committee members exercise their responsibilities for independent oversight of management through their majority control of the Board. PARTICIPATION OF DIRECTORS IN OTHER REPORTING ISSUERS The participation of the directors in other reporting issuers is described in the table provided under “Particulars of Matters to be Acted Upon – Election of Directors” in this Information Circular. ORIENTATION AND CONTINUING EDUCATION While the Company does not have formal orientation and training programs, new Board members are provided with: 1. information respecting the functioning of the Board of Directors and committees; 2. access to recent, publicly filed documents of the Company; 3. access to management and consultants; and 4. a summary of significant corporate and social responsibilities.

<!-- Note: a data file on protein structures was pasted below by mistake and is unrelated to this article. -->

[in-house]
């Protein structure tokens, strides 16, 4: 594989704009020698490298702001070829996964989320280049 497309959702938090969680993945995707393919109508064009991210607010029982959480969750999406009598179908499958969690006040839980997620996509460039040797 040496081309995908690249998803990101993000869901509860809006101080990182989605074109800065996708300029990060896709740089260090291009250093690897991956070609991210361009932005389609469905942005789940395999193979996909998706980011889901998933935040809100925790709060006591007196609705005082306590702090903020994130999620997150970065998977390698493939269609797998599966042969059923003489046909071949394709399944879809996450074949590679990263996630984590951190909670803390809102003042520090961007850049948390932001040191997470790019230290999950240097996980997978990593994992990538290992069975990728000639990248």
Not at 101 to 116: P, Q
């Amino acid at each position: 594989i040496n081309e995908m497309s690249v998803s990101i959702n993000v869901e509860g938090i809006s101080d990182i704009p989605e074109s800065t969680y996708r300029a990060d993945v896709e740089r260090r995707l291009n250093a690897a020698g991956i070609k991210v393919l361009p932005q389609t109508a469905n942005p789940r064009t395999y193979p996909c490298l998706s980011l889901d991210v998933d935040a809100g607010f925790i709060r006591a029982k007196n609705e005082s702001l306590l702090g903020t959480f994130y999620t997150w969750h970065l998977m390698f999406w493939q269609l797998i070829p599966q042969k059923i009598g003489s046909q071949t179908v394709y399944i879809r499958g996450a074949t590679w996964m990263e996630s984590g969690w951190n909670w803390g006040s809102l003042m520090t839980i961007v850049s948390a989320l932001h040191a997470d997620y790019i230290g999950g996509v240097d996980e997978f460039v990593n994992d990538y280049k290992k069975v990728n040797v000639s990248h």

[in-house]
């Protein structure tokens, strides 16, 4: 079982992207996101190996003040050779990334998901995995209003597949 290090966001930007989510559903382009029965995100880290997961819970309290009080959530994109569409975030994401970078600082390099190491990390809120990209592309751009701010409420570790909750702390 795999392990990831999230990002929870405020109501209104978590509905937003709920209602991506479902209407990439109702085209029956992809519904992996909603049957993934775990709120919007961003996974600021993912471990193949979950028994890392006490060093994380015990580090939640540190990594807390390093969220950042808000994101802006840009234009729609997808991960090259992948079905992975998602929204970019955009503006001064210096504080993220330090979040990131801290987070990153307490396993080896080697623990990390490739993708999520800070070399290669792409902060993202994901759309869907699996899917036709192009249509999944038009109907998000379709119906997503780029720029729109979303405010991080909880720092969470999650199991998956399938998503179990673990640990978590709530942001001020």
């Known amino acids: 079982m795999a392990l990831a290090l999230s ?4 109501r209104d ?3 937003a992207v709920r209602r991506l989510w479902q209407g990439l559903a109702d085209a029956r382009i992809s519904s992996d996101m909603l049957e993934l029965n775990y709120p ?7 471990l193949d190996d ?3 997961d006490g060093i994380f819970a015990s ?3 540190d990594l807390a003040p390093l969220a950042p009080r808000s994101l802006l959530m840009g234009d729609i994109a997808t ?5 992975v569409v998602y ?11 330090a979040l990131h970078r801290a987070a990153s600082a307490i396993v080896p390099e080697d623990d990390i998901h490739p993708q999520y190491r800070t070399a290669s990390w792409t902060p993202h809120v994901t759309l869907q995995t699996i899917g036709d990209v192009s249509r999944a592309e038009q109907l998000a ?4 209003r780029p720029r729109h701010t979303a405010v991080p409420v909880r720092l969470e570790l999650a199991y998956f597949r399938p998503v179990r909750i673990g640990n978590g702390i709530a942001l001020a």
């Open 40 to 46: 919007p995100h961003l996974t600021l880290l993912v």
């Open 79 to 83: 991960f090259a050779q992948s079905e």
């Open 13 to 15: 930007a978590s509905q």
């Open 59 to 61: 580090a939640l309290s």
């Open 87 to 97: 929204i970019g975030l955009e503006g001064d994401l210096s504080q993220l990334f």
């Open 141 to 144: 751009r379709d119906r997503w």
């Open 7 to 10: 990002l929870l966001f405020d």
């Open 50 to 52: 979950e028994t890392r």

Board members are encouraged to communicate with management and auditors to keep themselves current with industry trends and developments and changes in legislation with management’s assistance; and to attend related industry seminars and visit the Company’s operations. Board members have full access to the Company’s records. ETHICAL BUSINESS CONDUCT The Board views good corporate governance as an integral component to the success of the Company and to meet responsibilities to Shareholders. The Company adopted a Code of Conduct on July 2, 2014, as seen in Schedule ‘A’ below. The Board instructs its managers and employees to abide by this Code. NOMINATION AND ELECTION OF DIRECTORS The Board has responsibility for identifying potential Board candidates. The Board assesses potential Board candidates to fill perceived needs on the Board for required skills, expertise, independence and other factors. Members of the Board and representatives of the luxury accessories industry are consulted for possible candidates. The Company has adopted advance notice procedures for nomination of directors, which requires that a shareholder proposing to nominate a person for election as a director at a meeting of shareholders must provide the Company with advance notice of, and prescribed details concerning, the proposed nominee. See “Particulars of Matters to be Acted Upon – Election of Directors – Advance Notice Procedures”. Voting for election of directors of the Company is by individual voting and not by slate voting. The Company has adopted an advance notice policy for election of directors at uncontested shareholder meetings at which directors are to be elected. COMPENSATION OF DIRECTORS AND THE CEO The Board of Directors is responsible for determining all forms of compensation to be granted to our executive officers, to other members of senior management and to the directors. See “Statement of Executive Compensation – Compensation Discussion and Analysis”.